Interested stakeholders in any workers’ compensation program need to be aware of the many issues when it comes to running an effective program. One of those includes being aware of how the American with Disabilities Act (ADA) impacts their program and post-injury efforts to return an employee to work. Failure to do so can result in fines, penalties and lack of good will. Now is the time to pay attention and prepare.
What is the American with Disabilities Act?
The ADA was passed was signed into law in 1990 as an amendment to the Civil Rights Act of 1964. The law prohibits certain discriminatory practices based on an individual’s disability. The law was amended one most recently in 2008, when President George W. Bush signed amendments to the law that expanded the scope of the ADA to include additional areas of coverage.
Important matters to consider in the context of workers’ compensation claims include the following:
- Disability: This is defined by the statute to include “a physical or mental impairment that substantially limits one or more of the major life activities;” and
- Qualified Individual with a Disability: The ADA only applies to an “individual with a disability who, with or without reasonable accommodation, can perform the essential functions of the employment position.”
How Does the ADA Apply to Work Comp?
The ADA impacts workers’ compensation once the threshold issue of the law’s mandates are met. This occurs when the injured employee is considered “qualified” for protections under the Act by demonstrating a reasonable accommodation may be needed in order to perform the essential functions of their job, or a return to work job offer.
Consider the following:
- The definition of ‘disability’ includes “…substantially limits one or more major life activities.”
- A major life activity under this definition includes the ability to work at full-duty.
The need for a reasonable accommodation can apply both when an employee returns to work in their pre-injury position, or in a modified capacity. Failure to make these reasonable accommodations can subject the employer to a variety of penalties and fines.
Effective Work Comp Claims Handling Consistent with the ADA
The first step employers can take in effectively managing their workers’ compensation programs is the consistent application of employment matters to all employees. This includes the following:
- Have a dedicated in-house point of contact on all ADA and other employment law matters. This will likely be someone in human resources, who is familiar with workers’ compensation and other disability-related issues. Utilize legal counsel when necessary to avoid problems by being proactive.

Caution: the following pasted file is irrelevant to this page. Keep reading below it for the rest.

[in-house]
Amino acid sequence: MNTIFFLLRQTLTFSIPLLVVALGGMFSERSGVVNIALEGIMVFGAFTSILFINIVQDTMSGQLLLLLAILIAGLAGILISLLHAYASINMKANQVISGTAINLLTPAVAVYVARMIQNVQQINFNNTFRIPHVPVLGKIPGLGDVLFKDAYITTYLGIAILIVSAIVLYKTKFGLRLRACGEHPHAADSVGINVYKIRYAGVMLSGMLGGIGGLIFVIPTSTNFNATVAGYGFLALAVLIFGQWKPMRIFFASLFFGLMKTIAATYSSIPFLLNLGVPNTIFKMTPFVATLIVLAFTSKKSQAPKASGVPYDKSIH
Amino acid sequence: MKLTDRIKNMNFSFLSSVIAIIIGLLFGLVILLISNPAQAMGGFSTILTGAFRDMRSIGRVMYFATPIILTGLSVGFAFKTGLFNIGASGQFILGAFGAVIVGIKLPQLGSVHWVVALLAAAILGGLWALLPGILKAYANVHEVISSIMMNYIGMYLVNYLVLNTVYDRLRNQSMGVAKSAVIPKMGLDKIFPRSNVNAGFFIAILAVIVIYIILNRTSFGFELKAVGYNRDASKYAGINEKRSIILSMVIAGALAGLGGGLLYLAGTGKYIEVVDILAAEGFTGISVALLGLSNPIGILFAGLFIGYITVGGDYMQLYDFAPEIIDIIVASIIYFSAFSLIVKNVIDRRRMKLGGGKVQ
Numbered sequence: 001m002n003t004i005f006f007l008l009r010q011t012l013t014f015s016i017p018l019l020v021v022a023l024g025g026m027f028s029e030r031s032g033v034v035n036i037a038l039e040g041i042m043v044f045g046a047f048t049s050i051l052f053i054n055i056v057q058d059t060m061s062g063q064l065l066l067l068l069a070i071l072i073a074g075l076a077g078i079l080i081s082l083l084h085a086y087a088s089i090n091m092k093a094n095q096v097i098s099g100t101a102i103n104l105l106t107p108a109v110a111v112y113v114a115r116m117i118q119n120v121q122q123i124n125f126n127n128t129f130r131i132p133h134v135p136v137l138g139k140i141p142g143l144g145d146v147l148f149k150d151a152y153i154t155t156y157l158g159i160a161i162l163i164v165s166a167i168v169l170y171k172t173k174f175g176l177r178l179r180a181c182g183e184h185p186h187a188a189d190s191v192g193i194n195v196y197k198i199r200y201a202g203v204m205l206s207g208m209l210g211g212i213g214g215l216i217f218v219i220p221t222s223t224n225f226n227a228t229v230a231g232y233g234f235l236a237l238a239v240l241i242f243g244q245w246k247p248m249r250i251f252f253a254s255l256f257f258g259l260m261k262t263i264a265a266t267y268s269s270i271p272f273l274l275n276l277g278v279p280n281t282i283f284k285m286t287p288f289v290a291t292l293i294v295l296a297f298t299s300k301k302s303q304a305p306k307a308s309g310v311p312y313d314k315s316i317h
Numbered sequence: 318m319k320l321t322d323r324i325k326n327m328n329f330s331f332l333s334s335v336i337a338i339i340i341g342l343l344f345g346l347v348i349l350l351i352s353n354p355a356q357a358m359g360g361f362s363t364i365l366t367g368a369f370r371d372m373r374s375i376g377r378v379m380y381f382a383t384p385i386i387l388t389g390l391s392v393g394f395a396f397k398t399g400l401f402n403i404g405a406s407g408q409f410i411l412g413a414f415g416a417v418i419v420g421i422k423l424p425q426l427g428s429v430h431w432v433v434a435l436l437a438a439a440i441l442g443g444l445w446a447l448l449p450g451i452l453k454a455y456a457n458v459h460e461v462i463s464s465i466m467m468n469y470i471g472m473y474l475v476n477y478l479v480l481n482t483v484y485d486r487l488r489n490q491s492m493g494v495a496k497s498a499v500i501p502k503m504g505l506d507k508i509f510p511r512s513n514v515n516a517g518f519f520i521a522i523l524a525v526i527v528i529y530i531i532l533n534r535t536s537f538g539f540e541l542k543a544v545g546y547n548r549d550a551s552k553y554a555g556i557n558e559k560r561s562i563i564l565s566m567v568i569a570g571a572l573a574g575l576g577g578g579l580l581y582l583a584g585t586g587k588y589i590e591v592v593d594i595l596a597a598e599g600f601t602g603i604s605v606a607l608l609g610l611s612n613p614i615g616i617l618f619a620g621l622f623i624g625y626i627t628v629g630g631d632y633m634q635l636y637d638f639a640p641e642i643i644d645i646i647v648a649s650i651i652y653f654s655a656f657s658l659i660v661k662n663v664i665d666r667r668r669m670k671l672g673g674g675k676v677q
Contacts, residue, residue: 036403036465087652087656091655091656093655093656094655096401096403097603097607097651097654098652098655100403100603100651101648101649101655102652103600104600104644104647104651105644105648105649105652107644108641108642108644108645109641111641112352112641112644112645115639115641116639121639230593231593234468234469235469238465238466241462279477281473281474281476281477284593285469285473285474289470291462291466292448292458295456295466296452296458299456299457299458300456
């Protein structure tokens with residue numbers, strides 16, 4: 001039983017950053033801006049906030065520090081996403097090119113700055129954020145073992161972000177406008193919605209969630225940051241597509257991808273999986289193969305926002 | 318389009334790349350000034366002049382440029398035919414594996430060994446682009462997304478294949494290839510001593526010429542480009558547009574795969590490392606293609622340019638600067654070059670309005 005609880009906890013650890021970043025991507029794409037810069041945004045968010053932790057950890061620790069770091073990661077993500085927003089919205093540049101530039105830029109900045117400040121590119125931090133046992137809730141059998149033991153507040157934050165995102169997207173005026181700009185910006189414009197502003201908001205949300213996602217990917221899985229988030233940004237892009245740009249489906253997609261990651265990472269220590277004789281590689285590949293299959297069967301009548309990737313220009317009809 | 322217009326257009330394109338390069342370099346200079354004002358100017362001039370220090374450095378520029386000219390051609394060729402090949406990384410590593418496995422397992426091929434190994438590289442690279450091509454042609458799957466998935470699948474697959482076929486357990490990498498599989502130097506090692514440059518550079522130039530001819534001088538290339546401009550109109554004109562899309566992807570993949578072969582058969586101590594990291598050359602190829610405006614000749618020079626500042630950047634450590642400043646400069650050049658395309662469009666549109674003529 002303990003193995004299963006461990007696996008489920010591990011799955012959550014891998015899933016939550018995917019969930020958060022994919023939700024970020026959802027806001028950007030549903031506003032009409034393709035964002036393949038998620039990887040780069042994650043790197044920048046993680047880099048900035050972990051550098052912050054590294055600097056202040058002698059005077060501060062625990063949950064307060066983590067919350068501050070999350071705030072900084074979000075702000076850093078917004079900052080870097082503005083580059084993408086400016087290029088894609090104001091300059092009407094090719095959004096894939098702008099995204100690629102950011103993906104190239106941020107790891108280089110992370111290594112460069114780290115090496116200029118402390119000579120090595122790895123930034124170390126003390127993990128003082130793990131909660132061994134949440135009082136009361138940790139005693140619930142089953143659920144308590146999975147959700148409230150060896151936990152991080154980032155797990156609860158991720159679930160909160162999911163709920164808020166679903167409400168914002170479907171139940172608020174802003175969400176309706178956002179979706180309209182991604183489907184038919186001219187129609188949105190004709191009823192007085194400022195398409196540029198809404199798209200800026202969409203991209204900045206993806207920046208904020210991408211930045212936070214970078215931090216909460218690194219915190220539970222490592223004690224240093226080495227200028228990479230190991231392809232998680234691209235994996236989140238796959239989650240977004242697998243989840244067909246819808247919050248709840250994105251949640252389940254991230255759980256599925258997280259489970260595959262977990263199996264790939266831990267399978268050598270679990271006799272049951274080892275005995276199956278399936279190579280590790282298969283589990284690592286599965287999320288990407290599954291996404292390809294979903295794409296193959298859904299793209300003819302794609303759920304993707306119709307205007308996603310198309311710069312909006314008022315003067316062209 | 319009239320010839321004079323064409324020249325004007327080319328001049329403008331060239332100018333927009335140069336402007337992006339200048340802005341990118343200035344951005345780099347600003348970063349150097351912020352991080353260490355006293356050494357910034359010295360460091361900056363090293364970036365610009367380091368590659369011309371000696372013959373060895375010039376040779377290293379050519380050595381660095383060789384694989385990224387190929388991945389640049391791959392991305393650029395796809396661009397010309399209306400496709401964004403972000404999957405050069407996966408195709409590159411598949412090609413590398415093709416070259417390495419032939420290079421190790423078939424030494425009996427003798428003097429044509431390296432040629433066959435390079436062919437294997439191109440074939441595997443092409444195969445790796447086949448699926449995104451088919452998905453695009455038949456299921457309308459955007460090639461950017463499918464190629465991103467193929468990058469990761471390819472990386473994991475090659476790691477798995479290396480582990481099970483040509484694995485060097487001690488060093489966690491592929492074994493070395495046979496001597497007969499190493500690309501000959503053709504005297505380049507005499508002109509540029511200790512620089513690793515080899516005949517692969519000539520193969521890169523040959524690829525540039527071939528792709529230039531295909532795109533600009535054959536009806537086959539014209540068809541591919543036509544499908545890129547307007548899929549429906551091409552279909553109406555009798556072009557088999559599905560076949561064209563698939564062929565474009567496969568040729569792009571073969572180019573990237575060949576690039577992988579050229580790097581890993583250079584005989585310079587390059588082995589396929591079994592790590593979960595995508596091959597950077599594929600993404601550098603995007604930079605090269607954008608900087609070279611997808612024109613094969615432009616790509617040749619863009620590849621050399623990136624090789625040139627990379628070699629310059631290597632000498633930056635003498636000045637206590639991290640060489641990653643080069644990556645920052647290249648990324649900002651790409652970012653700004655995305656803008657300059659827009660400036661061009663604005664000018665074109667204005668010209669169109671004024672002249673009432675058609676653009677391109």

- Document every employee’s workplace conduct and performance on a consistent basis. This includes the consistent application of punishment for workplace violations, including termination. This can become an area of concern when an employee arrives late for a scheduled work shift, or does not notify the employer of an absence.
- Conduct a roundtable discussion with internal interested stakeholders including the injured worker for a discussion known as the “interactive process” before offering an employee covered by workers’ compensation and the ADA a return to work job offer.
- Document the necessary requirements of all available positions within the place of employment. This should include the essential functions of a job, the necessary physical requirements and workplace safety issues. An assessment should also take place as to whether an employee with certain disabilities can be “reasonably accommodated.” This is a legal standard, not a matter of one’s personal opinion.
It should be the goal of every employer to return an injured employee back to work. This is sometimes not only a question under the workers’ compensation law, but one that includes ADA considerations. Interested stakeholders need to understand these matters in order to promote a safe workplace and reduce unnecessary expenses.
Author Michael Stack, CEO Amaxx LLC. He is an expert in workers’ compensation cost containment systems and helps employers reduce their workers’ comp costs by 20% to 50%. He works as a consultant to large and mid-market clients, is a co-author of Your Ultimate Guide To Mastering Workers Comp Costs, a comprehensive step-by-step manual of cost containment strategies based on hands-on field experience, and is founder & lead trainer of Amaxx Workers’ Comp Training Center .
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